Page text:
The Future of Neodymium Magnets
What Does the Future Hold for Neodymium Magnets?
It’s small, but it’s the future. It’s rare, but it has super-strength.
It’s neodymium, and it has quite an optimistic future.
When neodymium was first commercially produced, it was for the pigmentation of glass because when infused, it gave off a lavender color in the daylight, but pale blue when viewed under a fluorescent light.
More than Just Glass
Since then, though, neodymium has seen a much higher demand, and this is because super-strength magnets have been discovered. Super-magnets were actually made from an alloy of neodymium, which also included iron and boron. The alloy was first discovered in 1982 by General Motors.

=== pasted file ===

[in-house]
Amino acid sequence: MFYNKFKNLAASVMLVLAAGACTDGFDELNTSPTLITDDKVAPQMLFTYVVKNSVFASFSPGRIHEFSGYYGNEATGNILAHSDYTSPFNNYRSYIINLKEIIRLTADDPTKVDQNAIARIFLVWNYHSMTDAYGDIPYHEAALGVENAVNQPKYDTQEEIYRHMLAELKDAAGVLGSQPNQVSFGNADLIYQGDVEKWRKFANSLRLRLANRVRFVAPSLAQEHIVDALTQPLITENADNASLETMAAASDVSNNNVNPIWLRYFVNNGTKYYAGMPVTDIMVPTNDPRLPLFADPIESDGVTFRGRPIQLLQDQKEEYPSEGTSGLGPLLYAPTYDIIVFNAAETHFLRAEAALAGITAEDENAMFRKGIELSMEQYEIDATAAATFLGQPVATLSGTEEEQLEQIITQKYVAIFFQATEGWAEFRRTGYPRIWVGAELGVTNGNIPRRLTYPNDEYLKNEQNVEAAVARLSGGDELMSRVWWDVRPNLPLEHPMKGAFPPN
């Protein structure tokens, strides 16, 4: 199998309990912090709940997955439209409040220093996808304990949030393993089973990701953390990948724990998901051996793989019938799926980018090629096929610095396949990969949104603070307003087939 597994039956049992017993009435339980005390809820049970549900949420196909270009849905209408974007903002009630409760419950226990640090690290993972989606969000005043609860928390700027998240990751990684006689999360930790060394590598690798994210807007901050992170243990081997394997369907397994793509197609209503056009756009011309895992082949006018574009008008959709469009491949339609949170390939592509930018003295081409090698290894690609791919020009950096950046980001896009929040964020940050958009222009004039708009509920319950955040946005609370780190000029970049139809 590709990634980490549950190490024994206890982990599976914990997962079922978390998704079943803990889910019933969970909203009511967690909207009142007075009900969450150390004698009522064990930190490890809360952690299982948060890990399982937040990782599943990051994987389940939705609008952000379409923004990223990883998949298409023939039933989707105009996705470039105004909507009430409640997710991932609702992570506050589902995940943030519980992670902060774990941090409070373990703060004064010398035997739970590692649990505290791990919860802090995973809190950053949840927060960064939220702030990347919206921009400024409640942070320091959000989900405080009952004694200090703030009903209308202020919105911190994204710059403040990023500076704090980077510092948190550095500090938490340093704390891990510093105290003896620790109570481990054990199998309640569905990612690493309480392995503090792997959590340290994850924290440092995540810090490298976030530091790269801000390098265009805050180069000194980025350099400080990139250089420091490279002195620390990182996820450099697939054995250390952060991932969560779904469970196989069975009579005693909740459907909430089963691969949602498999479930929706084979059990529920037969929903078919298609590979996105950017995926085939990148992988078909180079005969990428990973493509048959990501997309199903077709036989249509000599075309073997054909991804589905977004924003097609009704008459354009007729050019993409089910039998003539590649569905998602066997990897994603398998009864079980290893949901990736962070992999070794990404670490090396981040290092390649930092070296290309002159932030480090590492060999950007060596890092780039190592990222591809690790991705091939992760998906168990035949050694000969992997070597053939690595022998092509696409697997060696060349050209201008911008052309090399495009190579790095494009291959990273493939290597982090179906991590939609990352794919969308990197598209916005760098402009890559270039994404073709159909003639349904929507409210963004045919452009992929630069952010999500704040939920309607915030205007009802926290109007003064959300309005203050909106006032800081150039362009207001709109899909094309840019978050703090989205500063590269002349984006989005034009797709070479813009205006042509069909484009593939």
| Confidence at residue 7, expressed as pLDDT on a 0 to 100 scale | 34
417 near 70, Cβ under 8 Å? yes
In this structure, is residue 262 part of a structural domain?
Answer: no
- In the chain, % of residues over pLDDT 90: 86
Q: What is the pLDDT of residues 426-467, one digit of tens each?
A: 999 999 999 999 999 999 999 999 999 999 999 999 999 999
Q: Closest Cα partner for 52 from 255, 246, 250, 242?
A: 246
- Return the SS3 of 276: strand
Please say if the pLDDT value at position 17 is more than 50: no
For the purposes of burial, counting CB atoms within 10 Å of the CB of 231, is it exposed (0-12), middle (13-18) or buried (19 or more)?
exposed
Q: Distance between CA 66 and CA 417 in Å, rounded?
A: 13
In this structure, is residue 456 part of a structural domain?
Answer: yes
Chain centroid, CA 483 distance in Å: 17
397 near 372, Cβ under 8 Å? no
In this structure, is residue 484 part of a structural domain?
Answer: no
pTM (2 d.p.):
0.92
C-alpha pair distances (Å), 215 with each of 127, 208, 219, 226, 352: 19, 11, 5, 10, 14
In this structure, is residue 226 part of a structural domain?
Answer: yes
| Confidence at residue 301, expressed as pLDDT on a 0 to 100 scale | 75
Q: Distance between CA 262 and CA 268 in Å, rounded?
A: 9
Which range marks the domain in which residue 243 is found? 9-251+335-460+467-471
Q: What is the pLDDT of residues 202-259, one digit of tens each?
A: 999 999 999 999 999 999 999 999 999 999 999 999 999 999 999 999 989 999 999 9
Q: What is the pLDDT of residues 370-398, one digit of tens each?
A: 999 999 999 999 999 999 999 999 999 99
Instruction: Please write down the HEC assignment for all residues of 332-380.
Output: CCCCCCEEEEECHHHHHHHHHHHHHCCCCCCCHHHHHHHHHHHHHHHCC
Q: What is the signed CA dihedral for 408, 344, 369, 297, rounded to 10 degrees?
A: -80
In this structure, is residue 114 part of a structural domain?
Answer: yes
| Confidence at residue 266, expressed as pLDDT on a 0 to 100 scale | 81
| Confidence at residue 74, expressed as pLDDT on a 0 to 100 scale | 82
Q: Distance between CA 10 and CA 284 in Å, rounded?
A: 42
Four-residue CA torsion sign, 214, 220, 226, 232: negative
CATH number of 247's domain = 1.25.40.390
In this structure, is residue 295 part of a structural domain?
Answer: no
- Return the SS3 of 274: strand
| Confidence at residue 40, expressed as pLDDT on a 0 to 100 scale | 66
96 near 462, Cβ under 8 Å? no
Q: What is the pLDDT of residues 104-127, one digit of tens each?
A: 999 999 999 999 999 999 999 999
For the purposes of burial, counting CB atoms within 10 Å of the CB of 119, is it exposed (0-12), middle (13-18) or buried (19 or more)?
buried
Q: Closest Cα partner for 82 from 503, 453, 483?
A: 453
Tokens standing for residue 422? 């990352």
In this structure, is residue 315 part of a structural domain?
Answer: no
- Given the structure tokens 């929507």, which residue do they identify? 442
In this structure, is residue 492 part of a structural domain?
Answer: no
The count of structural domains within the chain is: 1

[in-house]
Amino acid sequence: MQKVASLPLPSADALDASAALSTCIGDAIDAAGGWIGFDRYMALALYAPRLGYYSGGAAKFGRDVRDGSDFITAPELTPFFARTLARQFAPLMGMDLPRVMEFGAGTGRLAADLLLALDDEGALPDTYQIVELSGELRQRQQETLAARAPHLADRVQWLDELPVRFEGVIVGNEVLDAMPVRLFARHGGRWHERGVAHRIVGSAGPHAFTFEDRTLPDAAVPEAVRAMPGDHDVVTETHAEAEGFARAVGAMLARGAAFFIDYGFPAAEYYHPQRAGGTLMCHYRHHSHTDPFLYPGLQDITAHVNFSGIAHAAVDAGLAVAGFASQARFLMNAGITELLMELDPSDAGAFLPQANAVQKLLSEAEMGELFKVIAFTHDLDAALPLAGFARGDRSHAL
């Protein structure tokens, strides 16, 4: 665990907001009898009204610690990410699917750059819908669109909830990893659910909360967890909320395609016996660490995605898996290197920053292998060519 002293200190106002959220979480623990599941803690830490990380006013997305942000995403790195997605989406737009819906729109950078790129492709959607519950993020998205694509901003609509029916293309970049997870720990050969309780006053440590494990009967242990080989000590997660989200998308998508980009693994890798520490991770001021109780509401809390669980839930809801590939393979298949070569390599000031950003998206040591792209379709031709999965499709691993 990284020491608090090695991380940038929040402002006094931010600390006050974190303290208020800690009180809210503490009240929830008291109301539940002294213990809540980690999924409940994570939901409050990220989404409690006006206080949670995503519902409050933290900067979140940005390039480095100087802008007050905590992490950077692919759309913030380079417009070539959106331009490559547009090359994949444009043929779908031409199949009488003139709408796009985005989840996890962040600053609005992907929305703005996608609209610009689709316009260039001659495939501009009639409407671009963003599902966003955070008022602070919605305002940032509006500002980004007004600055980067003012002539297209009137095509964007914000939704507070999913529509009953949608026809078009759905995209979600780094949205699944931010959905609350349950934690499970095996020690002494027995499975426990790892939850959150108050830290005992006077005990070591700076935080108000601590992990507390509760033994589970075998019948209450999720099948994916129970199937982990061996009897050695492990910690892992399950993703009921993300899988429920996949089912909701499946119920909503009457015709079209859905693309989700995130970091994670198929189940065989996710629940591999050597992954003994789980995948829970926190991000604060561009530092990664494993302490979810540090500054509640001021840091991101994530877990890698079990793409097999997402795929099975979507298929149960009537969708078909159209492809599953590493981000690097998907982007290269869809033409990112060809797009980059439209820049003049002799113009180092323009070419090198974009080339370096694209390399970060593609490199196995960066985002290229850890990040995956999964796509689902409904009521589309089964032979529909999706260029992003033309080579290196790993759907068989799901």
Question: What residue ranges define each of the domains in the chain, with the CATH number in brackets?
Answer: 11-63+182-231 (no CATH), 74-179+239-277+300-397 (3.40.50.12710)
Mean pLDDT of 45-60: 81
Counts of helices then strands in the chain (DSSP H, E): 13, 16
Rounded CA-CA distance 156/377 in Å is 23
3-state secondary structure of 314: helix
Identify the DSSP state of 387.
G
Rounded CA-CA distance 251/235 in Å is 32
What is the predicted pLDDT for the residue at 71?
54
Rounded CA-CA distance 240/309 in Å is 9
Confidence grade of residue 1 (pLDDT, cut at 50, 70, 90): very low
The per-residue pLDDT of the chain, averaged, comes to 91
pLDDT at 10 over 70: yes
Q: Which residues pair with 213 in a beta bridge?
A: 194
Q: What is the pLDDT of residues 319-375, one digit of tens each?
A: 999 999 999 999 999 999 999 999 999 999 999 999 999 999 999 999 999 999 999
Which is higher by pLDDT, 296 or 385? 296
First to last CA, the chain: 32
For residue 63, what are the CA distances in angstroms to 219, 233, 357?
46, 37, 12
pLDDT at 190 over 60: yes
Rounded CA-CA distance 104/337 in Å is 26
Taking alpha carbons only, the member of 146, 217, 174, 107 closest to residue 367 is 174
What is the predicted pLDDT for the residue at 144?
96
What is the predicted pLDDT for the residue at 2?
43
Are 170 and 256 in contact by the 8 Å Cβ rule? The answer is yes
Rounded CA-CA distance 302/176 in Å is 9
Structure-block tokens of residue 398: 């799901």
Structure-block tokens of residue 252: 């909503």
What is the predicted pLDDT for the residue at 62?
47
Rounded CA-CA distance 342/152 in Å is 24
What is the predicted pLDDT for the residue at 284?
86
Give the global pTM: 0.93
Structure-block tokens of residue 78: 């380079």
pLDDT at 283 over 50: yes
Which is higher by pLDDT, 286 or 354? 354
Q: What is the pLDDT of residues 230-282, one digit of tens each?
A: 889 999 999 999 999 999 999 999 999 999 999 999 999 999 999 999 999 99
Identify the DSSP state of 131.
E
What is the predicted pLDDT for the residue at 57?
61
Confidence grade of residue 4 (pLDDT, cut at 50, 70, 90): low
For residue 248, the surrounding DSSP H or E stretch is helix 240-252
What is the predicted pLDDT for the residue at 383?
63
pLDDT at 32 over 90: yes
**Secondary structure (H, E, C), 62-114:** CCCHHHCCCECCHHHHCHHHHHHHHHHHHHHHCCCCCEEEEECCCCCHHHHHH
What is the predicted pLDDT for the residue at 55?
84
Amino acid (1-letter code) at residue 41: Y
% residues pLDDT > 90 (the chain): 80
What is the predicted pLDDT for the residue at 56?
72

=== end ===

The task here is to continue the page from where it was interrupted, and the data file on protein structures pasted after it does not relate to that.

What’s Next for Neo?
Neodymium magnets and its alloys are used widely for many applications, but there’s a lot more in store. They’re incredibly strong, which means they have more technological applications. They’re also lighter than other magnets, which means they can be used for even more things! Some of these applications include magnetic resonance imaging (MRI), loudspeakers and headphones, motors in cordless tools, hybrid and electric vehicles, and magnetic guitar picks.
Neodymium magnets have a bright future, whether it’s for the use of electric cars, or other application. As technology advances, so will the widespread use of neodymium magnets.